TWU's Dr. Matthew Etherington releases new book on how work can support beliefs, values and character
“What does it mean to be ‘passionate’ about work, and is this even a good idea? After all, passion is an emotion, and emotions frequently change. ...Sometimes we are fearful to ask ourselves tough questions about what we want in life and how our work can support our beliefs, values, and character.”
—Dr. Matthew Etherington, Professor of Education
While Dr. Matthew Etherington was on sabbatical in Australia in 2017, he came across a message on a school billboard.
It said, “If you work really hard and are kind, amazing things will happen.”
“Teachers read fables about work to children, such as ‘The Little Red Hen,’ a pro-work story with a message that hard work does pay off,” Dr. Etherington observed.
“The school’s message really got me thinking about hard work, effort, work ethic, and success, and how these should be discussed in light of the many changes to work which we are experiencing today.”
The pursuit of passion and fulfillment
Dr. Etherington’s new book, Perspectives on Working Life, investigates how work can support our beliefs and values and what happens when that is not the case.
In researching mid-career people in Toronto who had changed their occupations later in life, Dr. Etherington noticed a common thread.
Career changers all expressed wanting to find work that was “fulfilling” or work they could be “passionate” about.
This led Dr. Etherington to be curious about, what does it mean to be passionate about work, and is this even a good idea? After all, passion is an emotion, and emotions frequently change.
“I think of the delightful scene in the film Good Will Hunting, where professor Sean Maguire (Robin Williams) asks Will Hunting (Matt Damon), who has a genius-level IQ but chooses to work as a bricklayer and janitor,” Dr. Etherington said, to illustrate. “The professor asks, ‘What do you want? What are you passionate about?’”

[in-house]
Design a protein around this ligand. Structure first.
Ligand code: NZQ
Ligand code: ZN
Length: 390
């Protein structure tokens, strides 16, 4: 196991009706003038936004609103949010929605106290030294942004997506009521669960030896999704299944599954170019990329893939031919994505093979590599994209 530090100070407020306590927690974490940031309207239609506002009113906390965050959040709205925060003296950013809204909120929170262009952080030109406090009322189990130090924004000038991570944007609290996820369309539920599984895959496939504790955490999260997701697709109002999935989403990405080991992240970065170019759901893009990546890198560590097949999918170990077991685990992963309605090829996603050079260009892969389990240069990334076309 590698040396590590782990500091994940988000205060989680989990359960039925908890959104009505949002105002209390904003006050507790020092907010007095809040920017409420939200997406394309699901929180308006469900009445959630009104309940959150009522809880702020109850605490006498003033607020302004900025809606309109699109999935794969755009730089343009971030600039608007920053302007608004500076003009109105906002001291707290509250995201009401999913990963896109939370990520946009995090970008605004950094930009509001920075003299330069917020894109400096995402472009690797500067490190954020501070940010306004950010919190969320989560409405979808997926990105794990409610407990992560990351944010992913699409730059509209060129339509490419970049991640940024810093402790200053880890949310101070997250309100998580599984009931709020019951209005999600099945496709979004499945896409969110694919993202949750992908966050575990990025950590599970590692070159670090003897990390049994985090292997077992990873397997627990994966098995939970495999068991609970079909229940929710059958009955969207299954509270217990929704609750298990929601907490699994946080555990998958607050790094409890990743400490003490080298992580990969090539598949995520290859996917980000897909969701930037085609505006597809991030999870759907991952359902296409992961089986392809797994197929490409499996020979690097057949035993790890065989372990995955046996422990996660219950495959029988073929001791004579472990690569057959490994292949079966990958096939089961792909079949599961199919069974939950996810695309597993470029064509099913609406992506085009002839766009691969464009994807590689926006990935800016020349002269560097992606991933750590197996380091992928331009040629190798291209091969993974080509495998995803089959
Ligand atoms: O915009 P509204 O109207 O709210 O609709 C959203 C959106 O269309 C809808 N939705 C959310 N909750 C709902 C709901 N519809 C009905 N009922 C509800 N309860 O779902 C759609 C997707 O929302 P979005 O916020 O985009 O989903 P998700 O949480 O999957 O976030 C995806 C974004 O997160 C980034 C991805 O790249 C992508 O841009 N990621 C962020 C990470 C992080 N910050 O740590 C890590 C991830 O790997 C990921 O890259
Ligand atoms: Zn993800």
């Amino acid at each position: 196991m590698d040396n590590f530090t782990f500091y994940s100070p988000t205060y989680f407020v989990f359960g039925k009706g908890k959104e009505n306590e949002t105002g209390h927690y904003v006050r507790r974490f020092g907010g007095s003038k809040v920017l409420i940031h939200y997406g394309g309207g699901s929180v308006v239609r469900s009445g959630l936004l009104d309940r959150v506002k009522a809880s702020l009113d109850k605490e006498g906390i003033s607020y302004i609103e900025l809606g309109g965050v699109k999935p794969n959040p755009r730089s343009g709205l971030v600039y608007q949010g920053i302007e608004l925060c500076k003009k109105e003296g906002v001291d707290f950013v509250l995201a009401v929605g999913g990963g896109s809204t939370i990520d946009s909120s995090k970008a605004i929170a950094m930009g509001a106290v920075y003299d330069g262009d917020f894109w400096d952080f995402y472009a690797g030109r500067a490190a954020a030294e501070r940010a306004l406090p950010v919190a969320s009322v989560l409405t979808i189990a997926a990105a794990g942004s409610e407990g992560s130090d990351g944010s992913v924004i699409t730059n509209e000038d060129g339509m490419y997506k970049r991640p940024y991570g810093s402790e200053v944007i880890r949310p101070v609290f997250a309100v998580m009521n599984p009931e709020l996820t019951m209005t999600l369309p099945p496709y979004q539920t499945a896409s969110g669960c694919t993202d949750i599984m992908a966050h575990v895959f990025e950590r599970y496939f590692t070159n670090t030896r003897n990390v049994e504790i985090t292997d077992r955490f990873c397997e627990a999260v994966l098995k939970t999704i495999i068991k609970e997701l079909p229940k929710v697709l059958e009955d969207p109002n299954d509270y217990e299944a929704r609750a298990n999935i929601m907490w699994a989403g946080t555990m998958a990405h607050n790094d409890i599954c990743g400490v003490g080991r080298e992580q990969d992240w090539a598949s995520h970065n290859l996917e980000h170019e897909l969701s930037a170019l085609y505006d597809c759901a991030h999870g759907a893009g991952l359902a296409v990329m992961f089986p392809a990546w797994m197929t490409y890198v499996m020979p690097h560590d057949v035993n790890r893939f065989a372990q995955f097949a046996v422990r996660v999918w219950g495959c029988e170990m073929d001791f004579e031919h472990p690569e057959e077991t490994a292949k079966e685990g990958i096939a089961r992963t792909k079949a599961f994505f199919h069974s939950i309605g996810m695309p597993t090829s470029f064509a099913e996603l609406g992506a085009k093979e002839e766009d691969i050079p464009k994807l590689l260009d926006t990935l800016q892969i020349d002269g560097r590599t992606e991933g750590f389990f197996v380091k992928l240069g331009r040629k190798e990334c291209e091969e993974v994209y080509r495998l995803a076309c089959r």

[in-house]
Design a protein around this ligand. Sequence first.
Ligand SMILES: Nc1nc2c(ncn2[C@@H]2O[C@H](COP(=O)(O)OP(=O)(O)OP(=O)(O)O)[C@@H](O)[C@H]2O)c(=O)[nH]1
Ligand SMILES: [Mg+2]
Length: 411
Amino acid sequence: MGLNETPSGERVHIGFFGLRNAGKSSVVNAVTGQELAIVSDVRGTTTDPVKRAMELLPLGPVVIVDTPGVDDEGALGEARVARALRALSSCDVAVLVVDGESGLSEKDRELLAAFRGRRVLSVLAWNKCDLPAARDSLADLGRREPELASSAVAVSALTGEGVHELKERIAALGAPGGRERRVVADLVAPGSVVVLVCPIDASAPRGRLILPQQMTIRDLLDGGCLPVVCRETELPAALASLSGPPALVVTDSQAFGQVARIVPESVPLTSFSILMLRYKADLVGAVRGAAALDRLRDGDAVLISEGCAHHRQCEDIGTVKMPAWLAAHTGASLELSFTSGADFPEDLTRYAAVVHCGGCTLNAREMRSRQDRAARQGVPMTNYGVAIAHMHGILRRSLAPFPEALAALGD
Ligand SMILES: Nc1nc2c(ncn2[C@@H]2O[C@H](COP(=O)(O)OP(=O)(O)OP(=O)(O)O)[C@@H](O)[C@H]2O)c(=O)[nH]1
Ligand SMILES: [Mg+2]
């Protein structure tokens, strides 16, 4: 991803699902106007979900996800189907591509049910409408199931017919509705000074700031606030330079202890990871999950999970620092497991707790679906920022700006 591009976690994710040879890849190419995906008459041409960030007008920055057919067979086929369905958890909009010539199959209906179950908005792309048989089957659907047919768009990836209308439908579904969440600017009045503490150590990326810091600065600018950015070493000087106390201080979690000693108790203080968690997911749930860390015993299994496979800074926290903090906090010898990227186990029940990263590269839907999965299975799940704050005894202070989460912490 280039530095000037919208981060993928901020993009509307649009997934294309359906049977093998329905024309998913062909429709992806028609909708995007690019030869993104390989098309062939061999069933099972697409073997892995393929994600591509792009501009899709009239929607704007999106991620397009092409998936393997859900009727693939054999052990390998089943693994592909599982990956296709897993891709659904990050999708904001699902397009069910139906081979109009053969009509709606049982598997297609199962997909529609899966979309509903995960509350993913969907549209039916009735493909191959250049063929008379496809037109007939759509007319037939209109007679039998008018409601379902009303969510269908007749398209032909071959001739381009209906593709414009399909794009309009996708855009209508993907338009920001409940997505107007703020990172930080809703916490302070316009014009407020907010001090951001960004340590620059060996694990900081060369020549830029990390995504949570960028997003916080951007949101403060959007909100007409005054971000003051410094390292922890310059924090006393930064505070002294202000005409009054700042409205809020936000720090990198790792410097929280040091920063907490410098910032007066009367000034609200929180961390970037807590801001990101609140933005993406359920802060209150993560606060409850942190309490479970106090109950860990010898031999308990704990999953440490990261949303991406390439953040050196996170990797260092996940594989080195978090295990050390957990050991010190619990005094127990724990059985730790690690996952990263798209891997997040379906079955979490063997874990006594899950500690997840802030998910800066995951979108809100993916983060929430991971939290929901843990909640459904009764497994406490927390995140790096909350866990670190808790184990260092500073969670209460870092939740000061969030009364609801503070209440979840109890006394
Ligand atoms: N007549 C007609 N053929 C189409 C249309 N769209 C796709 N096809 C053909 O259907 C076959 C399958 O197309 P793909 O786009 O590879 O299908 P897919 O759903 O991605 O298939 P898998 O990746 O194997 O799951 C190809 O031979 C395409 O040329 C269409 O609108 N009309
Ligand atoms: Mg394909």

“Sometimes we are fearful to ask ourselves tough questions about what we want in life and how our work can support our beliefs, values, and character,” Dr. Etherington said.
Looking into why we work
In his book, Dr. Etherington also seeks to explore why people work. He sees this is as a foundational question.
“I found that various cultures, philosophies, theories, and religions provide different answers,” he said.
In researching for his book, he started asking people, “Do you love what you do?” He found the answers intriguing, with replies ranging from “I work so I do not get bored,” to “I work because my work is who I am.”
Dr. Etherington shares that writing the book also reignited his enthusiasm for 20th century political philosopher Hannah Arendt, who made a distinction between work and labor.
“Work, Arendt said, is fundamental to the ‘human condition,’ but work is different from labor because humans labor not for pleasure but to keep alive. So I explore that concept,” Dr. Etherington said.
The book also taps into Dr. Etherington’s expertise as an educator. He is Professor in the School of Education at TWU, and the Director of the Institute of Indigenous Issues and Perspectives (IIIP). His primary interests are in epistemological inclusion in education, Aboriginal pedagogy, outcomes, assessment and philosophy.
To provide greater value to readers, Dr. Etherington’s book also includes discussion questions for employers and employees to consider.
About Trinity Western University
Founded in 1962, Trinity Western University is Canada’s premier Christian liberal arts university dedicated to equipping students to establish meaningful connections between career, life, and the needs of the world. It is a fully accredited research institution offering liberal arts and sciences, as well as professional schools in business, nursing, education, human kinetics, graduate studies, and arts, media, and culture. It has five campuses and locations: Langley, Richmond-Lansdowne, Richmond-Minoru, Ottawa, and Bellingham, WA. TWU emphasizes academic excellence, research, and student engagement in a vital faith community committed to forming leaders to have a transformational impact on culture. Learn more at www.twu.ca or follow us on Twitter @TrinityWestern, on Facebook and LinkedIn.
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